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Evening planets March 2012 March 4, 2012

Posted by aquillam in Astronomy, MichiganAstro.
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If you like planets, and you prefer observing in the evening, now is the time to get out and look up.

Unless you really don’t get astronomy (in which case, why are you reading this blog??) you’ve surely noticed Venus and Jupiter in the evening in the west. They’ve been bright enough and spectacular enough to attract all sorts of attention.

Look a little lower just after sunset with a pair of binoculars and you can spot Mercury. It’ll be reasonably easy to catch until roughly March 10, then it disappears into the twilight. Exactly how hard it is to catch depends mostly on what your horizon is like and how much practice you’ve had.

If you have a good telescope, look for Uranus a bit south of Mercury, about 2 degrees to the left and half a degree lower in the sky. It needs to be pretty dark before you’ll pull it out of the twilight though, so don’t be disappointed if you can’t find it. It gets lower in the sky as the week goes on, so tonight and tomorrow are probably your last chances to catch it.

As Mercury disappears, turn your sights westward. Low in the west will be Mars. Opposition was March 3, and closest approach is March 5. Opposition means opposite the Sun in the sky, so it rises at sunset¬† and sets at sunrise – perfect for viewing all night long. Closest approach means it’s bigger and brighter right now than at any other time this year. In fact, because of its orbit, the next time it’ll look this good will be summer 2014. so get out there with your telescope!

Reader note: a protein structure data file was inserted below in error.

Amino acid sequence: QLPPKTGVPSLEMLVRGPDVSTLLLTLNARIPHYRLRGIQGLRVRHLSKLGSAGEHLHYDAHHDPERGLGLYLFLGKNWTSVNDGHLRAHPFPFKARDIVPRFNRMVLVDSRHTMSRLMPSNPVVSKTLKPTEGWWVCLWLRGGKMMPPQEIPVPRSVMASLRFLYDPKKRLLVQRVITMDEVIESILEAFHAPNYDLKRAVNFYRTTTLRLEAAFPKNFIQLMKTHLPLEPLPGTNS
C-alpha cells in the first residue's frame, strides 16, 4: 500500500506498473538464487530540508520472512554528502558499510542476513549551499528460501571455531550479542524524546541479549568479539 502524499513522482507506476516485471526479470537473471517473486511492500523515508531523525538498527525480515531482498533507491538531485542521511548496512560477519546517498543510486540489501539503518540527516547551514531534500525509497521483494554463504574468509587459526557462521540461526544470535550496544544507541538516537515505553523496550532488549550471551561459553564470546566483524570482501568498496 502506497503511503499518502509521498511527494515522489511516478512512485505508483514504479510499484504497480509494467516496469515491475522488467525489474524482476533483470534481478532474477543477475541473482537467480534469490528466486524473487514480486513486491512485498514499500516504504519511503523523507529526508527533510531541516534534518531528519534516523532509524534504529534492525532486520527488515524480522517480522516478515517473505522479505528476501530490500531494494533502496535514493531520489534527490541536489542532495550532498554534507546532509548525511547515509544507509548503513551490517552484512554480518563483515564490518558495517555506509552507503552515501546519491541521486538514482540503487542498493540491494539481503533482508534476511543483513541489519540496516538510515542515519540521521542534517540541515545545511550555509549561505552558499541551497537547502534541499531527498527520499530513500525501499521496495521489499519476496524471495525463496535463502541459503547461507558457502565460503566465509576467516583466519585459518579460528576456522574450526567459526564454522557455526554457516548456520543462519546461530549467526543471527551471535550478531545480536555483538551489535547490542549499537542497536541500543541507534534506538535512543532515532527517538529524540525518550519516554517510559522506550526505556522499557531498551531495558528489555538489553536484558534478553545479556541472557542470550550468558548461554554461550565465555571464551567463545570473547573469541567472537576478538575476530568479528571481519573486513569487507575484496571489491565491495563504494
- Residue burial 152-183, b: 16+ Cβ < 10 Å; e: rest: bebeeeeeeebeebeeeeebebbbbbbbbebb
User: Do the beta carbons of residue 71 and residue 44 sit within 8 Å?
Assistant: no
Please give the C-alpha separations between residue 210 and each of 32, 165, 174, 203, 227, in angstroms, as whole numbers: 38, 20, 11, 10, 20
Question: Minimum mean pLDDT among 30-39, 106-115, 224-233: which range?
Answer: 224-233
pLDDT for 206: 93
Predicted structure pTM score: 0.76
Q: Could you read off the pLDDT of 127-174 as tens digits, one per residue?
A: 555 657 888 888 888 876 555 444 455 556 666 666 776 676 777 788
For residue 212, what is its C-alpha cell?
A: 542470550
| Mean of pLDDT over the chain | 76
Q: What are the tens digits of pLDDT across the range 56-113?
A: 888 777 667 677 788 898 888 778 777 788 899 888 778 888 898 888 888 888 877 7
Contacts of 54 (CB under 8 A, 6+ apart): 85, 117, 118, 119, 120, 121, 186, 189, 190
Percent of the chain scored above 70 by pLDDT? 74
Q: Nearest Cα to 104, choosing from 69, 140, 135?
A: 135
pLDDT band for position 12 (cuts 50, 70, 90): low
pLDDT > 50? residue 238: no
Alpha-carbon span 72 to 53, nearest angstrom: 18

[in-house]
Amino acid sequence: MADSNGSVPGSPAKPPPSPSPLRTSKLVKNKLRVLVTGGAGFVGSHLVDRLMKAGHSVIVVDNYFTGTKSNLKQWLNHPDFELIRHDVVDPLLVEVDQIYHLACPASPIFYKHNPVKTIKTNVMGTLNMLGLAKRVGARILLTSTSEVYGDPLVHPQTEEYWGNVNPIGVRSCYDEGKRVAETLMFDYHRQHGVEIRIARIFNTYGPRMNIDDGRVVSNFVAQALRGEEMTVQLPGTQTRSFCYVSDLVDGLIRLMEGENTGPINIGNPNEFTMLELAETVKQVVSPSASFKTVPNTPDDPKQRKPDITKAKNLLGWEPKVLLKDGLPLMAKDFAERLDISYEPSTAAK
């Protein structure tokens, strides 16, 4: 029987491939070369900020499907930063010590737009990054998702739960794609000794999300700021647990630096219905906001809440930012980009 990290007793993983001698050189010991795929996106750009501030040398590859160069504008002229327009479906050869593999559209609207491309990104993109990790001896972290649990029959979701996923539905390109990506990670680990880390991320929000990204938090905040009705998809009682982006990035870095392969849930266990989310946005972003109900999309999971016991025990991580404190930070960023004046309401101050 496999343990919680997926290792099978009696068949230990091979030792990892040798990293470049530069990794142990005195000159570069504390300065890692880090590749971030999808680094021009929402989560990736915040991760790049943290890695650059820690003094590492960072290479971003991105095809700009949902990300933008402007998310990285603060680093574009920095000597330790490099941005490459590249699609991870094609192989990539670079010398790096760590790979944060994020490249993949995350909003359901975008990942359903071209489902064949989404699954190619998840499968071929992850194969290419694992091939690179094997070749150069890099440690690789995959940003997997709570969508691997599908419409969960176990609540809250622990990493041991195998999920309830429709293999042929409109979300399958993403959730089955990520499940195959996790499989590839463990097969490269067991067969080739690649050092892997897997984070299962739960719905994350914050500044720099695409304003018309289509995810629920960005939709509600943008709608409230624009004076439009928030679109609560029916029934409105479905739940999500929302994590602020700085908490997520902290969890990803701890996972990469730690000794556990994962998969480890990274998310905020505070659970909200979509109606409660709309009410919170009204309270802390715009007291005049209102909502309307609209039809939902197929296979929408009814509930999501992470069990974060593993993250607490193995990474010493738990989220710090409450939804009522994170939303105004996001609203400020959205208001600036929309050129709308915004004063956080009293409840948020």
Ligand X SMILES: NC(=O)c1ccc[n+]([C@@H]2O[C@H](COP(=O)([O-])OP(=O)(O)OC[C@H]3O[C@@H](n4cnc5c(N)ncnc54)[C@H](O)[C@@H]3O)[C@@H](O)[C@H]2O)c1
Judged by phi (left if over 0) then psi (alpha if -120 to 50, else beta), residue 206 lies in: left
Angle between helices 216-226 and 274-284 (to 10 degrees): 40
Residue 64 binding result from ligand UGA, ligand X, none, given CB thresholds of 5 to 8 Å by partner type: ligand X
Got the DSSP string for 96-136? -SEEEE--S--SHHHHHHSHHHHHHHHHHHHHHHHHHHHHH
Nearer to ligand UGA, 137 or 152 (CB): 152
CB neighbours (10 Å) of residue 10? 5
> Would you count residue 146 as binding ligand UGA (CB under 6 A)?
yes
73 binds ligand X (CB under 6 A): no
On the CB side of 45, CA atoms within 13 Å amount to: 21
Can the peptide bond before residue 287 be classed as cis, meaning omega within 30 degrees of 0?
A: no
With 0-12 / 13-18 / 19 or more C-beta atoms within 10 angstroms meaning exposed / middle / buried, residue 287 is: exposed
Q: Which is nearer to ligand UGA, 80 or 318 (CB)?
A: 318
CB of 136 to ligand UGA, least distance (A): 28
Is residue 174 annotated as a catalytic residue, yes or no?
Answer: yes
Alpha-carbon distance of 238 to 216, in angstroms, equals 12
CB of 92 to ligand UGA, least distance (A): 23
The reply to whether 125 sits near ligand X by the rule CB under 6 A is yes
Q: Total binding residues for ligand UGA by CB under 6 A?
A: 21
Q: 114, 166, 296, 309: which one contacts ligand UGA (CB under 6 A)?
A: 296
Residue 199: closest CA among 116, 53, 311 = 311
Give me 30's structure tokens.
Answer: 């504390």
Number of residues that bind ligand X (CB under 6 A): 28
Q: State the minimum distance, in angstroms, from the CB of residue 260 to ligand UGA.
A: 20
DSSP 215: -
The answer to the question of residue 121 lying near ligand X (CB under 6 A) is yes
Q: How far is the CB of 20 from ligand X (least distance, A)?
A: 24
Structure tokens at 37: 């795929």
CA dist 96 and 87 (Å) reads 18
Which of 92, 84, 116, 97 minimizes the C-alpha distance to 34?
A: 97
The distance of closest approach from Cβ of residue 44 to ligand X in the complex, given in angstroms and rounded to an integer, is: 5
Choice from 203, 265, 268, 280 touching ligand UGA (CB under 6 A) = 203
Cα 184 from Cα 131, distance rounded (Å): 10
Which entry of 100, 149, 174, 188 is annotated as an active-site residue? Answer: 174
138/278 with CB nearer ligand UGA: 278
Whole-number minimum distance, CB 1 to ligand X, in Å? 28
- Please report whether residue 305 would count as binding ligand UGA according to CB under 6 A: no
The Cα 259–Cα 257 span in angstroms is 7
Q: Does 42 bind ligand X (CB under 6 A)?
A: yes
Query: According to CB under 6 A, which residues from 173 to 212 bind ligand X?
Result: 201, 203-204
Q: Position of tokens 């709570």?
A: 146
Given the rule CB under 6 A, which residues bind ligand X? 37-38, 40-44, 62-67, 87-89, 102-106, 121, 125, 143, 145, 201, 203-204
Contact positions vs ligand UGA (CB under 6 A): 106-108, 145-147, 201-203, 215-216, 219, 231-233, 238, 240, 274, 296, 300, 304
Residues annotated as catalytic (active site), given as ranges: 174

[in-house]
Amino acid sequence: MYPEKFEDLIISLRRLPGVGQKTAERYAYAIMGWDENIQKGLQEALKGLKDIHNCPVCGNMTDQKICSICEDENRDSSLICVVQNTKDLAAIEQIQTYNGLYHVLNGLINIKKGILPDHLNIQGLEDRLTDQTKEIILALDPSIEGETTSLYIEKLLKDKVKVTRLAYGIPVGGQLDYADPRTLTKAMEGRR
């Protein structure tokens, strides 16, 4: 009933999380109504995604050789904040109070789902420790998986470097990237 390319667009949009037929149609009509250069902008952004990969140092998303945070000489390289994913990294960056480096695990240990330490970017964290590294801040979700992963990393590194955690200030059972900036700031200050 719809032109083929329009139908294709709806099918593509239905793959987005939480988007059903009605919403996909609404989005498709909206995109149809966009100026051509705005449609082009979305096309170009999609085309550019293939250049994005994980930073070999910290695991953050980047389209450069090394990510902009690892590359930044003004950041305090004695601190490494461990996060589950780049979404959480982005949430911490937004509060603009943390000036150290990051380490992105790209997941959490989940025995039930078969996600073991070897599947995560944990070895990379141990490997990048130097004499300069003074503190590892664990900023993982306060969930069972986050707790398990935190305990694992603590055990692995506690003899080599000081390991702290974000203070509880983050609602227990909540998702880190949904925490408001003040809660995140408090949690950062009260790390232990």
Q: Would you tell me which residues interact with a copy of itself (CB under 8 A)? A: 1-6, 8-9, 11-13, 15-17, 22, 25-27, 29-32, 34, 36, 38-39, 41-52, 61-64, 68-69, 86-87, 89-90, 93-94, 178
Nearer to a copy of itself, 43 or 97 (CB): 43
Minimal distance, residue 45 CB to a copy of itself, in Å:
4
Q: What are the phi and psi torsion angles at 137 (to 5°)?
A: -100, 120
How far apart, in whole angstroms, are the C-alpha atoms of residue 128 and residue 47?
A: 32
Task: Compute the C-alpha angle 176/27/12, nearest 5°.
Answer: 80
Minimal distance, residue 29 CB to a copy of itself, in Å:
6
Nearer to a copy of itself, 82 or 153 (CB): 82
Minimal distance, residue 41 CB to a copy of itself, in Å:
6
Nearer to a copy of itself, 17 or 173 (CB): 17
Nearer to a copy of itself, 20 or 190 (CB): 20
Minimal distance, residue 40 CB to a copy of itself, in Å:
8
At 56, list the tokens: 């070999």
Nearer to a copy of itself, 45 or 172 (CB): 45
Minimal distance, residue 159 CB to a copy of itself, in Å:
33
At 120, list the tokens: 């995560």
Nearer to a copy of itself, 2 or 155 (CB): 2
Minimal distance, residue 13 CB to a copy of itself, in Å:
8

When you’re tired of Mars, take a peek at the Moon. It’ll be full on the 8th, so it’ll wash out all the dim sky objects, and of course the 8th will be a terrible time to view it.¬† But the terminator is always nice on the other days.

If you’re still outside after 10, look back to the east again for Saturn. It’s tilted nicely, so the rings should be visible even in a pair of binoculars.

So basically, the only planet you can’t see tonight will be Neptune. It’s near conjunction, so you’re not going to see it right now. Also, if you prefer morning planets, you’ll have to wait a few months.

Finally, I’m trying out this new “Recommended Links” thing from WordPress. It seems a little hit-or-miss to me, but let me know what you think.

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Comments»

1. Sue Ellen - March 8, 2012

Thanks Venus and Jupiter are very big and bright over northern Michigan.


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